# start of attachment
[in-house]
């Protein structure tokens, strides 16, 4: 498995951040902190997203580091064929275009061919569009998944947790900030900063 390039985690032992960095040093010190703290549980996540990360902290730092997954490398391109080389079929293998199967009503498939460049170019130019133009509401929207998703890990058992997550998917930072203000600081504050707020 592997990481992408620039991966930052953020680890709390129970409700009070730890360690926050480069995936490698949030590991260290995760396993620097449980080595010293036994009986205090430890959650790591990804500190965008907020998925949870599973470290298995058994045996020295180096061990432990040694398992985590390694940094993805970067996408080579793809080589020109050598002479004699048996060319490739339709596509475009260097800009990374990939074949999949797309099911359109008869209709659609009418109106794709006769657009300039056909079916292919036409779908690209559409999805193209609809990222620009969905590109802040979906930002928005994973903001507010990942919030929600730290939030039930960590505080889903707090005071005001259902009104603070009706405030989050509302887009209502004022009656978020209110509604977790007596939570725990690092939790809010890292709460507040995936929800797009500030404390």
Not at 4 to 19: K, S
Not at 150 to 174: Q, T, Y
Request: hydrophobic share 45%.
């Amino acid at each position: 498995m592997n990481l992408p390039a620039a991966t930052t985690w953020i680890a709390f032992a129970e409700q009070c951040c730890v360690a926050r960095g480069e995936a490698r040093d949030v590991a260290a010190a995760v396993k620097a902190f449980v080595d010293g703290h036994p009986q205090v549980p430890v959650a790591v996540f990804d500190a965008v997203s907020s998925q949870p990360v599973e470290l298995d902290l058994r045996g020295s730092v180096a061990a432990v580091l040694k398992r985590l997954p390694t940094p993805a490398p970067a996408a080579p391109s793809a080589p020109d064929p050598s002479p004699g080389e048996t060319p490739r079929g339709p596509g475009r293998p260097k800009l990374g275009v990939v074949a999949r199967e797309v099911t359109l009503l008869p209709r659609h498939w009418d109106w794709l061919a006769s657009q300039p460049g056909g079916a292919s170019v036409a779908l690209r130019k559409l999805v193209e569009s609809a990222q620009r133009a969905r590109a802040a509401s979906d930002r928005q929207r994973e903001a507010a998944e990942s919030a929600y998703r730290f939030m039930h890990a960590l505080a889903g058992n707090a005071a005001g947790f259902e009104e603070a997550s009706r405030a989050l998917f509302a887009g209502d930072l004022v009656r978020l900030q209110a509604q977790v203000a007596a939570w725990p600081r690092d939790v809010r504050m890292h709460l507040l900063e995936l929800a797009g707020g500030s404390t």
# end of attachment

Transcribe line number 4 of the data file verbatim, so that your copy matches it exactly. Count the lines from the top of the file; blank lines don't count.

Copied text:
Not at 150 to 174: Q, T, Y